Russian President Vladimir Putin yesterday unveiled the final extension of a new $25 billion oil pipeline to the Pacific that underscores the energy power’s gradual shift away from stagnant European markets.
The East Siberia – Pacific Ocean (ESPO) link is also expected to expand sales to the United States and fulfill Putin’s dream of cementing Russia’s place as a dominant force on international crude markets.
Moscow hopes to make ESPO into a benchmark in the Asia Pacific region that competes with WTI — the U.S. oil standard whose price some traders believe is too heavily based on domestic political factors.
But analysts worry that Russia may currently lack enough accessible oil in its underdeveloped East Siberia fields to keep the line fully flowing despite strong demand in China and Japan.
“There is just enough East Siberian for the existing pipeline,” said Sberbank Asset Management energy analyst Valery Nesterov.
“But expanding this pipeline further would be impossible without West Siberian oil — and that oil is already meant to go west,” Nesterov pointed out.
Putin brushed those concerns aside as he joined in the ribbon-cutting ceremony by video link from the Far East city of Khabarovsk.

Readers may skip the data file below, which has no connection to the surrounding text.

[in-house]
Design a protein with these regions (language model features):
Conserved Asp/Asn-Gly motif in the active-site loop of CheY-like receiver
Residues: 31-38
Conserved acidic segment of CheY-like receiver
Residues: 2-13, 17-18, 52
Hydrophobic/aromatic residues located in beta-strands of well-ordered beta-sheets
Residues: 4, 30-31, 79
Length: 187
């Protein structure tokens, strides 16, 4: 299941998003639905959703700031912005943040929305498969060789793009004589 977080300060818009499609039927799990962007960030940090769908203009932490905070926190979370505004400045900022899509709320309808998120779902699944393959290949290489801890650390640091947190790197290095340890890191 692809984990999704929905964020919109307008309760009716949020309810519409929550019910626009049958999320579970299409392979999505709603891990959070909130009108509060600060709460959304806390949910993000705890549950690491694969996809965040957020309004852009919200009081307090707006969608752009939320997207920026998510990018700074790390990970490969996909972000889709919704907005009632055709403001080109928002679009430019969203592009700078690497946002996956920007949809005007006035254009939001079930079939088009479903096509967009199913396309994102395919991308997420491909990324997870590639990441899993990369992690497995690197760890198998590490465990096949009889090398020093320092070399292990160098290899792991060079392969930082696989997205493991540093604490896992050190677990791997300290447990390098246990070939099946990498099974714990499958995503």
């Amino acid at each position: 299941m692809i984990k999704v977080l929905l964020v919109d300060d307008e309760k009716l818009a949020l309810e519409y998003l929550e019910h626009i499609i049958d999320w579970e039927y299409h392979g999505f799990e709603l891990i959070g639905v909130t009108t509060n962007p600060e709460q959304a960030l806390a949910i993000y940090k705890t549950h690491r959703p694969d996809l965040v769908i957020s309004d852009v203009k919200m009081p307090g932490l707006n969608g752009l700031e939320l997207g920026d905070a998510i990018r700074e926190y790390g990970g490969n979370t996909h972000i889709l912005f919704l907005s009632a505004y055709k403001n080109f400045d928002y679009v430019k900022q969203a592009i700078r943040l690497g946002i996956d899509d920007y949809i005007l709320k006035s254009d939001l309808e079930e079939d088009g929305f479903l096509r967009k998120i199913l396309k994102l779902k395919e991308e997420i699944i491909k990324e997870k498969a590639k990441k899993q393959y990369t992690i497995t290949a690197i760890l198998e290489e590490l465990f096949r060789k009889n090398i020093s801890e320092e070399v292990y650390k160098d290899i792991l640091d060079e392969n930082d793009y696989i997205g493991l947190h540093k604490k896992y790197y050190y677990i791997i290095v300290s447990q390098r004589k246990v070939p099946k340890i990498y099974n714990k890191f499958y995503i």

“By completing the second leg, our potential is expanding,” Putin said in televised remarks.
“This is a serious event.” The second leg of the 4,200-kilometer pipeline runs from fields west of Lake Baikal to the Pacific port of Kozmino near the northeastern edge of China.
The port — previously connected to East Siberian oil fields by rail — also provides Russia with quick access to Japan and South Korea.
But the head of the Transneft state oil pipeline operator said most of the crude from the final leg would in fact be destined for the United States.
“The Americanmarket will receive 35 percent of Kozmino oil,” Nikolai Tokarev said at the opening ceremony in comments reported by the company’s website.